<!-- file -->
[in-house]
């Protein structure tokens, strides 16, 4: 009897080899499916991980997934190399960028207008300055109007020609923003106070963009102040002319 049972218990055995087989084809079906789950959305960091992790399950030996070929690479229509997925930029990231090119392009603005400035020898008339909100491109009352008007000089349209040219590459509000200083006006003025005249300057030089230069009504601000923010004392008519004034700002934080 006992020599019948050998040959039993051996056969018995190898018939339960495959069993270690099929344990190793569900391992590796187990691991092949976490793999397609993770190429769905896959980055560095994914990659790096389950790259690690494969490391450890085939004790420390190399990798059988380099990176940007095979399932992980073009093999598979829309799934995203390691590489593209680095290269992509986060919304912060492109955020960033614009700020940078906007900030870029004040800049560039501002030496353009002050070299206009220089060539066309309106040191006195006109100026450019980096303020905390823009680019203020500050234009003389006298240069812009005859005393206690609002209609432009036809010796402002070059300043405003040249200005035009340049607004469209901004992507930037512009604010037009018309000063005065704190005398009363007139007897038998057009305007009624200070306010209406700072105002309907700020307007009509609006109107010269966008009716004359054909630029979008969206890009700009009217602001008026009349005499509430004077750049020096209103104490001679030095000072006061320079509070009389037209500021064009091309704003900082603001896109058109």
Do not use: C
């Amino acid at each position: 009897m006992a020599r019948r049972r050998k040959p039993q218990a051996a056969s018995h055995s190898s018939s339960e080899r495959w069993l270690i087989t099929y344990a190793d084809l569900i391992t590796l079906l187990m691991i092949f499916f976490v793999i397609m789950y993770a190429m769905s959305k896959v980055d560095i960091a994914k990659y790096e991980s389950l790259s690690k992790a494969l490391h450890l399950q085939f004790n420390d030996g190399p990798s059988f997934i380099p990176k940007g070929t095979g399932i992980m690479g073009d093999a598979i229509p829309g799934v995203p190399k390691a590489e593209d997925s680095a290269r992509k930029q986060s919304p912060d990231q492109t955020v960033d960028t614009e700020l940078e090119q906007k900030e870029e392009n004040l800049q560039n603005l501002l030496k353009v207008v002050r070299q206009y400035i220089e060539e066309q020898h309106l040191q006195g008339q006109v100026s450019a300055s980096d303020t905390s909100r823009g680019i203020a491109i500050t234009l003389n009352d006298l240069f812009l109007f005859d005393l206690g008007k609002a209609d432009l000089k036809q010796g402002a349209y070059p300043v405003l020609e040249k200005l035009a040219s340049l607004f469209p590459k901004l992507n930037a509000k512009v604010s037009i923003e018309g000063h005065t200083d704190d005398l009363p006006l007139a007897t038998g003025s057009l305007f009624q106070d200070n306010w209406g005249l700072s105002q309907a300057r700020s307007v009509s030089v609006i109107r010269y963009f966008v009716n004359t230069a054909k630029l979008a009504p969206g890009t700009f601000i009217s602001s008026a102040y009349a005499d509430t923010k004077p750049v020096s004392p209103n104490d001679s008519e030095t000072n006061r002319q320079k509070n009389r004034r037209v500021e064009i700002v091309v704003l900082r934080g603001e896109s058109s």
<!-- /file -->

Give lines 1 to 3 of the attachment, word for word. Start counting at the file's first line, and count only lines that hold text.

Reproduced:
[in-house]
């Protein structure tokens, strides 16, 4: 009897080899499916991980997934190399960028207008300055109007020609923003106070963009102040002319 049972218990055995087989084809079906789950959305960091992790399950030996070929690479229509997925930029990231090119392009603005400035020898008339909100491109009352008007000089349209040219590459509000200083006006003025005249300057030089230069009504601000923010004392008519004034700002934080 006992020599019948050998040959039993051996056969018995190898018939339960495959069993270690099929344990190793569900391992590796187990691991092949976490793999397609993770190429769905896959980055560095994914990659790096389950790259690690494969490391450890085939004790420390190399990798059988380099990176940007095979399932992980073009093999598979829309799934995203390691590489593209680095290269992509986060919304912060492109955020960033614009700020940078906007900030870029004040800049560039501002030496353009002050070299206009220089060539066309309106040191006195006109100026450019980096303020905390823009680019203020500050234009003389006298240069812009005859005393206690609002209609432009036809010796402002070059300043405003040249200005035009340049607004469209901004992507930037512009604010037009018309000063005065704190005398009363007139007897038998057009305007009624200070306010209406700072105002309907700020307007009509609006109107010269966008009716004359054909630029979008969206890009700009009217602001008026009349005499509430004077750049020096209103104490001679030095000072006061320079509070009389037209500021064009091309704003900082603001896109058109």
Do not use: C